Miller didn’t agonize, either about the initial decision to assault the machine gun nest, or its consequence. He knew he was taking the correct action; the movie made that clear. The death of Wade did not foil his decision, the movie also made that clear.
I don’t think that agonize is the correct word, he was decisive, but it’s clearly hard for him to deal with sending men to their deaths and he talks about that in the next scene I believe. 90 men are how many he lost up to that point.
That’s why military commanders are so worthy of respect. Civilian leaders, even those in high office, often think that life is as simple as “make the correct decision everything is awesome, make the bad decision everything sucks”, but people in the military know that the right call often has horrendous results.
It is indeed one of the, arguably the key scene of the film because it’s of course countered by the whole idea that their mission was to save one guy’s life (just not that guy). War is hell…
I guess we could argue over what’s the correct word, but I don’t think anyone would disagree that it was, as Quercus says, a tough call. And I guess we all bring our own things to it but I doubt there would be many people who in that situation would know what the right/best thing to do would be. Seems like a classic damned if you do damned if you don’t situation.
Since we’re on this: Another thing that happens in that scene is that, after the hill assault is over, the squad takes the time to bury the dead boys they first came across, even making the German gunner dig the graves. My question is, how true to form would this have been. That is, would it have been common for a squad on a mission like that to stop and take time out to bury dead friendlies? I know it is a decent thing to do, but given the circumstances, would it be advisable? And that brings up another question, if you’re OK with taking time out of your mission to bury the dead after the assault, why were you not OK with taking time out before the assault to go back to the rally point to notify others about the gun, or to get more fellows for the attack?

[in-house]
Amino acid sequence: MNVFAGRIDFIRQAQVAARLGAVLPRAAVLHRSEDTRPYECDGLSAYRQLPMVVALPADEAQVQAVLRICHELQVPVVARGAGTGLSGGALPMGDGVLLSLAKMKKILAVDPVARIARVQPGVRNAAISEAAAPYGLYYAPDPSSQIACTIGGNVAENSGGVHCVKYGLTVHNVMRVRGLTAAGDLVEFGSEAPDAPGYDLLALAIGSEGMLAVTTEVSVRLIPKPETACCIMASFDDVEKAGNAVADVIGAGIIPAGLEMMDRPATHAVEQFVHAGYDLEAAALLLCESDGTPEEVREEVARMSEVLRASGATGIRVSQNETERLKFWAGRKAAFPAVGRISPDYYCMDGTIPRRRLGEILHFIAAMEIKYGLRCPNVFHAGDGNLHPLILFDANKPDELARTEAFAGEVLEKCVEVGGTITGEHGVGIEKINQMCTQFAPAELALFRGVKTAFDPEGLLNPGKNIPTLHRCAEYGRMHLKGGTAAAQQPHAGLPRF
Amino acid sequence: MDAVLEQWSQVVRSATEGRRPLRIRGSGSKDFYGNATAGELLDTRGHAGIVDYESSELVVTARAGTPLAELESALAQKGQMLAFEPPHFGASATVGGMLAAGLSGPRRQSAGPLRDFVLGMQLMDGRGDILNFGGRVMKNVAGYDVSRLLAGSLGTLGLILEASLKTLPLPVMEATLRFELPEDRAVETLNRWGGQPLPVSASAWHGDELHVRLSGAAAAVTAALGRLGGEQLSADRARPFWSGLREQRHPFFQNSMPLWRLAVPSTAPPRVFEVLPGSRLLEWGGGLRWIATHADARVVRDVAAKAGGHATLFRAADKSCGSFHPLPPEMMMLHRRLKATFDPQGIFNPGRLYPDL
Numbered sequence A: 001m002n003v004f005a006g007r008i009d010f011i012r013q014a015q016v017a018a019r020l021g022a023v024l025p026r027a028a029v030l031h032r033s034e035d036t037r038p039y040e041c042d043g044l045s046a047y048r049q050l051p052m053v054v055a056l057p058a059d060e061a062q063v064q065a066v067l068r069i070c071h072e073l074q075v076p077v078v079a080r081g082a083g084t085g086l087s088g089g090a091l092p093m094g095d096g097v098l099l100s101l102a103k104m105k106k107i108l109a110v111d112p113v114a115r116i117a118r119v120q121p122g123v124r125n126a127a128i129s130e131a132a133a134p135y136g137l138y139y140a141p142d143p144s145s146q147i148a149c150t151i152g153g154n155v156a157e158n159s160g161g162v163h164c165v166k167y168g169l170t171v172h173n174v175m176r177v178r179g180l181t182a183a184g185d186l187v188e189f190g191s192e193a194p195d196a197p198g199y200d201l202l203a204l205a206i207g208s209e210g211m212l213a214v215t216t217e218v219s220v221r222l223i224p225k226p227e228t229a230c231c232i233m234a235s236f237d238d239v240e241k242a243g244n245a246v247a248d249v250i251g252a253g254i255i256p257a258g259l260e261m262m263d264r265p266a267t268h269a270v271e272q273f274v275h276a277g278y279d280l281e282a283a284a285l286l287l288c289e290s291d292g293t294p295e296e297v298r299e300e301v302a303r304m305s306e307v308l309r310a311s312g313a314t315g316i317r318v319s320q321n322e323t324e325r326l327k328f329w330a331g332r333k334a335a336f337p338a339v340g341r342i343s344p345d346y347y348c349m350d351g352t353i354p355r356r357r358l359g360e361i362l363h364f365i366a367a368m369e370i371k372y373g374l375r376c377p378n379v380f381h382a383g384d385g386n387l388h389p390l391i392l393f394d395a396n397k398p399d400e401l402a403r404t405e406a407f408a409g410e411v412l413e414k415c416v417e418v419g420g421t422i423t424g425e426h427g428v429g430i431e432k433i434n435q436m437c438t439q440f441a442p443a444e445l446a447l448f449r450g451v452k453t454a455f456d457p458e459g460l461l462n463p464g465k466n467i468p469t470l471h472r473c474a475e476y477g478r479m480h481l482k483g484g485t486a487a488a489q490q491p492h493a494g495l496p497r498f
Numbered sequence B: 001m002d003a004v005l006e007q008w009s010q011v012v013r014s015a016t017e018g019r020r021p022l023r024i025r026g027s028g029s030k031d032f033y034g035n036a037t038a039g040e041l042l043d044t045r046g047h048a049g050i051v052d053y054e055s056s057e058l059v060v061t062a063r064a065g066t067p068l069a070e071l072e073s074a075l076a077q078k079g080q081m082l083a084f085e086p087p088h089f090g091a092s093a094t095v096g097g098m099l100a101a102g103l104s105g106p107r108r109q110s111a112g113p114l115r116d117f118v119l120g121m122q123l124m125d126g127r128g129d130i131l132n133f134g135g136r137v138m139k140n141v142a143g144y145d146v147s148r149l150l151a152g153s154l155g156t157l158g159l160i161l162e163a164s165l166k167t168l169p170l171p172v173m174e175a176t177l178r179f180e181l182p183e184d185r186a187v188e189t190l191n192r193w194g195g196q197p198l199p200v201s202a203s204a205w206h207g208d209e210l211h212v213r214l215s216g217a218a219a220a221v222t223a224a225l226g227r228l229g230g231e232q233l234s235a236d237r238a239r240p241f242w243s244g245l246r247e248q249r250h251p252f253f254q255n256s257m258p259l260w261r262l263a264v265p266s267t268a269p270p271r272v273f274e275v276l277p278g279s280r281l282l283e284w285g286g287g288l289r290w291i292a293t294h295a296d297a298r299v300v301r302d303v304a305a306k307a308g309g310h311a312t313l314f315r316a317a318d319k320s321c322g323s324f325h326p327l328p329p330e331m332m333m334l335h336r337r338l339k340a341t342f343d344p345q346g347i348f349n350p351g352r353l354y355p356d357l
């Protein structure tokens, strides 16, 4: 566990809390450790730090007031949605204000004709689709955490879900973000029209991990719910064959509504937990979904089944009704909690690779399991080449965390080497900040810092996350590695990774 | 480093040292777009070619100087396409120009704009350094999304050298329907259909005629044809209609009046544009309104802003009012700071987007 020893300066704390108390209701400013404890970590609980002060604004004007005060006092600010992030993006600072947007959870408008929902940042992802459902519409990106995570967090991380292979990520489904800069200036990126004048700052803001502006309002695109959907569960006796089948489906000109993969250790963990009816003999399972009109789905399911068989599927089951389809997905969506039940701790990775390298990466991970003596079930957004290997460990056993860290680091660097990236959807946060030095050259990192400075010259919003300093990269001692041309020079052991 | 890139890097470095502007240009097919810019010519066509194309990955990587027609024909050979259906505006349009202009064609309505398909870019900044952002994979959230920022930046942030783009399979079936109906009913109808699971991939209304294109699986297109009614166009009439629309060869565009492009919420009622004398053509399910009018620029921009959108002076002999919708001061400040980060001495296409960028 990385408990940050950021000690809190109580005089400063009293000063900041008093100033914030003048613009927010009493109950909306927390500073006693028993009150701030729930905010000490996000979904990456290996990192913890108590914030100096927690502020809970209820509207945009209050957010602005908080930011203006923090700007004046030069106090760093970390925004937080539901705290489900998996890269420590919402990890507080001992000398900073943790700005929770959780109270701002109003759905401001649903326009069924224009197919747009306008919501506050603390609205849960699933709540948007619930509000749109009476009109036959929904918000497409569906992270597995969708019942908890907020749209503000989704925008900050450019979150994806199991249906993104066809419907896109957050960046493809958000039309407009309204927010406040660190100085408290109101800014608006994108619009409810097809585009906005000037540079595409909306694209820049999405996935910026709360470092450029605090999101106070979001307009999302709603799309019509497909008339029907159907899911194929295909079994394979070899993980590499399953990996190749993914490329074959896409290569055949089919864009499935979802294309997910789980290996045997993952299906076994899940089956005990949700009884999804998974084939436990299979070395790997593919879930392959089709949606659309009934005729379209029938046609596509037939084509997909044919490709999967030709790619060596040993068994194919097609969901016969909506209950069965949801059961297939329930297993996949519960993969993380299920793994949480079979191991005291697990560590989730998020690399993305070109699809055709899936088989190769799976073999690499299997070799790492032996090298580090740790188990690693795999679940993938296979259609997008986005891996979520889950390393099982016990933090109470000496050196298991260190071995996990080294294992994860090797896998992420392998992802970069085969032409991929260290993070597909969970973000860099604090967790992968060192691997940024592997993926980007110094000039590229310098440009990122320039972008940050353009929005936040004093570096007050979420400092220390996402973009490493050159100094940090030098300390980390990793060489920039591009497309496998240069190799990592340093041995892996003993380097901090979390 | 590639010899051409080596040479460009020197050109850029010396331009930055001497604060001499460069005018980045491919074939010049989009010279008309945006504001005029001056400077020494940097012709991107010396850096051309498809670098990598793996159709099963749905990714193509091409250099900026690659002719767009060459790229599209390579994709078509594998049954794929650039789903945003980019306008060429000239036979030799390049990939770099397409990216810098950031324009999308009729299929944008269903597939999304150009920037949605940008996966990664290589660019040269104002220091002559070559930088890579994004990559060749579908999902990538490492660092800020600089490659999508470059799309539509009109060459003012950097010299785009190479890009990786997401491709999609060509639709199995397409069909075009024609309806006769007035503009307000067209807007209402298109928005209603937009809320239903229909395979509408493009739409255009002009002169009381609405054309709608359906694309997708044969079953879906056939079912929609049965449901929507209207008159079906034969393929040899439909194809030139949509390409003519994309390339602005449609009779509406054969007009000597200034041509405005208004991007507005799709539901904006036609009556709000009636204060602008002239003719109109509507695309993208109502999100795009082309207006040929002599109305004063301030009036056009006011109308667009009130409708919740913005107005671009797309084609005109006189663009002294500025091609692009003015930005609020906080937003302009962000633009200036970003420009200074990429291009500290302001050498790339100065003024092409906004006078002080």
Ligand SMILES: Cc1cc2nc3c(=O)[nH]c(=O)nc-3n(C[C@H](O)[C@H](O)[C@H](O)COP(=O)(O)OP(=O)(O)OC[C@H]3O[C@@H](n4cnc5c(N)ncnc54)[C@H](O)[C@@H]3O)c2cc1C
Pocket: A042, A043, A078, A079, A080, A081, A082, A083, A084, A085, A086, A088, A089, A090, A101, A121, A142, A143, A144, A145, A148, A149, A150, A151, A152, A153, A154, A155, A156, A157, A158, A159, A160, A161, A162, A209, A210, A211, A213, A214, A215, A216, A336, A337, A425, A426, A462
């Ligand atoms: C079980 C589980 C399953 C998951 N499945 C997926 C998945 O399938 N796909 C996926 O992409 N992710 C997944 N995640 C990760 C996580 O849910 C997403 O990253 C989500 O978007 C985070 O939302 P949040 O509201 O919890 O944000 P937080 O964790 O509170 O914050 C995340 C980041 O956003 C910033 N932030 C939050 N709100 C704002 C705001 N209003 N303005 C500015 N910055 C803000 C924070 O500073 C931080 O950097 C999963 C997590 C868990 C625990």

They should have had Barry Pepper just start sniping the position to cut down on numbers while the rest of the squad flanked. He was a good enough shot for it.
I suspect it’s because they intended to commit a war crime, and Capt. Miller seemed at first to be on the same page with them. Order the German to bury the bodies, then shoot him and throw him in the grave too, cover it up. That was the German MO in a lot of situations. But given some time to compose himself and the arguments of Upham, he does the right thing.
I just finished reading Audey Murphy’s book “To Hell and back”. In the book, he states that when his squad came across friendly bodies during a general advance, they would strip them of food and ammo, maybe cover them with a raincoat, bedroll, tablecloth, or something, but that’s it. Nearby, they would stick a rifle upright into the ground with a helmet perched on it, if necessary, as a marker for the graves personnel.
On a patrol into (or just behind) enemy lines, they usually left the dead were they lay, as they usually in close proximity to an angry enemy.
Rain ponchos or a shelter half if the deceased had one or the other.